Jo Clay’s pottery studio on the bottom floor of her East Dallas home is bright and clean, but evidence of her passion is everywhere. The walls are lined with shelves that house her and her students’ projects. There’s a kiln in the corner and a potter’s wheel by the back door. Wet clay objects litter a long table, waiting to be fired.
A group of her students huddle around a shelf, pointing out the artwork they completed that afternoon during one of Clay’s summer pottery camps. A row of unusually shaped clock faces with various patterns stamped and etched into the surface stare back at them. The pieces are so mature, it is almost hard to believe the middle school kids created them, especially in one afternoon.
“I don’t do baby projects,” Clay says. “I push my students and I challenge them, unless they’re saying ‘no’ or really aren’t able to do it. We do big projects. They’re serious, and it’s my job to get them there.”
One mom, Jill Free, who drives from North Dallas so her children can attend Clay’s pottery camps, insists she’s never met an art instructor like Clay.
“I’ve been doing it since I was a little girl, and there’s nobody like her,” Free says.
The beauty of teaching children is that they have no inhibitions, Clay explains. They simply create because they have no idea they “can’t.” Clay especially enjoys teaching children because as a child, she wasn’t encouraged to be an artist, she says.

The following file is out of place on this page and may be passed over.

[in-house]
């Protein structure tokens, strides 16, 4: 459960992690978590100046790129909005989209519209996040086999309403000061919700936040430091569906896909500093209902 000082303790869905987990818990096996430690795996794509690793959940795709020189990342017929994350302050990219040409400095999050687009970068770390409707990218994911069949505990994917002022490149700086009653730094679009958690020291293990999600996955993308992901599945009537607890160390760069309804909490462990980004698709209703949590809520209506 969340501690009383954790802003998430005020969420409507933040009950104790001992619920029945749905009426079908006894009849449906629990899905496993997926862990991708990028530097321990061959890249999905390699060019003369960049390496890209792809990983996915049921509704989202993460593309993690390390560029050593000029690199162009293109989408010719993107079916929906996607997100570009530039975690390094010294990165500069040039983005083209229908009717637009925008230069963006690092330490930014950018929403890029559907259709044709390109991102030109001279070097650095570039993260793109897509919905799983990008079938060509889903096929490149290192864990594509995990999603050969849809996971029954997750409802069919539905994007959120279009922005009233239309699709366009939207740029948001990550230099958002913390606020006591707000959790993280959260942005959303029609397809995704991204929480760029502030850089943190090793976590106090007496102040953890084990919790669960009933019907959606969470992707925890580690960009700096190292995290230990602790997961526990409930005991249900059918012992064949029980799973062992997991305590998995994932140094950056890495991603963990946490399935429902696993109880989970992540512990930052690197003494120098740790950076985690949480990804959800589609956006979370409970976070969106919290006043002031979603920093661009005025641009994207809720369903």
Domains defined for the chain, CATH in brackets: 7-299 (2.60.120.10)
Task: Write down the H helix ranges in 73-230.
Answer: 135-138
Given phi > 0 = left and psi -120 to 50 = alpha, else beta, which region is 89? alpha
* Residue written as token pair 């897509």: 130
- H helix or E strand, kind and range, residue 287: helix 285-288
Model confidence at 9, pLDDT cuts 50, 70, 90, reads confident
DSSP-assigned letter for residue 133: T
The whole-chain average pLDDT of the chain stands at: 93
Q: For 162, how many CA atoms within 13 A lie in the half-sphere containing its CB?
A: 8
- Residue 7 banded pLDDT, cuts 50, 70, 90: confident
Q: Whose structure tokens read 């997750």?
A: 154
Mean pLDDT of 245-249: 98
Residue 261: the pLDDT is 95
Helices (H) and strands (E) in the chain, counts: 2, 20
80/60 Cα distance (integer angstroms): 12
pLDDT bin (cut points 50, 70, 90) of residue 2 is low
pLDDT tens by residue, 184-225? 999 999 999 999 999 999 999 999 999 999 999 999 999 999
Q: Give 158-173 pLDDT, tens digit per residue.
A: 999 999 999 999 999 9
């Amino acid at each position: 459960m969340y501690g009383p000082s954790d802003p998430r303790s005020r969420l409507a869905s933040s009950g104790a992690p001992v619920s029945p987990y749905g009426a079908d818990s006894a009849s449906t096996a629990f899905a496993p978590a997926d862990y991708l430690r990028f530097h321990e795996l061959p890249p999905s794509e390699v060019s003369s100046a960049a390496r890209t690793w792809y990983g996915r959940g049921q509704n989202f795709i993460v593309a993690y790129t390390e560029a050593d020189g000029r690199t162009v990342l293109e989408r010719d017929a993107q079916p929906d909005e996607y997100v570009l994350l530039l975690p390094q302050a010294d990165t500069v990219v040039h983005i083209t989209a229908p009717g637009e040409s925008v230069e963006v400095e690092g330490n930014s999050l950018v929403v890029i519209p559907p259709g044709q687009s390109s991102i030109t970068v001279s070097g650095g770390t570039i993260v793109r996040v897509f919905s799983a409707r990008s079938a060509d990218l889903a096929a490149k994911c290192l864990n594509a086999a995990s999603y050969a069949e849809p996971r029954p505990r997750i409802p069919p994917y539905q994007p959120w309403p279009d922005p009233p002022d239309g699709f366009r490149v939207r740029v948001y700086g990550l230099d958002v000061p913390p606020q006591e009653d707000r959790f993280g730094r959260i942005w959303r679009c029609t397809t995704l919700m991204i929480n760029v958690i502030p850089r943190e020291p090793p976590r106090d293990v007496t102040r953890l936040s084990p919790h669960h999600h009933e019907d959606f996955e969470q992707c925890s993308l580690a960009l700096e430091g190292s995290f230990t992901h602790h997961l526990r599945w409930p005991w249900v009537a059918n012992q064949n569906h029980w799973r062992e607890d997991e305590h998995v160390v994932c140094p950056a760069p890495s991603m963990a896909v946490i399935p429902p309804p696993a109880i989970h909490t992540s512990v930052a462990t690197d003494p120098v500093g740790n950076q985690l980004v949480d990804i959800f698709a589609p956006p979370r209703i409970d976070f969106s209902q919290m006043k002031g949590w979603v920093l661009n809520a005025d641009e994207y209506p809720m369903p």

“I was actually really suppressed,” she says. “At that time, it was too scary to be an artist because a lot of artists got into bad things, so how was I ever going to be successful as an artist? So [my parents] really suffocated that part of me, but it would come out over and over again.”
The only form of art her parents could stomach was music, so Clay immersed herself in that world at a young age. It eventually led to her performing in the San Antonio Symphony and later studying music at Indiana University on a music scholarship.
At Indiana University, Clay began probing around in the art department. One day her art teacher handed her three blocks of clay and told her to carve into them.
Although it frightened her at first, it also excited her to see her vision for the lump of clay slowly take form. To her surprise, some of her pieces were placed in the department’s art exhibit.
“I had no idea what I was doing. I was just playing around,” Clay says.
For a long time after college, she kept the artist in her quiet. She got involved in fashion and worked as a model with the Kim Dawson Agency for many years. After that, she dabbled in business, selling pharmaceuticals.
It wasn’t until a few years ago that she returned to art at the encouragement of several close friends. Soon she was obsessed with it all over again, and her art career rocketed from there.
As her work evolved and she developed her own style and techniques, her work was accepted in exhibits and began to sell at shows and online for anywhere from $20 to $3,000-plus. Clay grew up near the beaches of Bermuda, so the colors, shapes and textures of the ocean heavily influenced her work.
“I still have no idea what I’m doing. I’m just playing around, and I’m glad that people like it,” Clay says. “I’m very humbled. I’m so fortunate.”
Aside from teaching kids’ camps, she also teaches classes for adults at the Creative Arts Center of Dallas.
Learn more at twoclayhands.com
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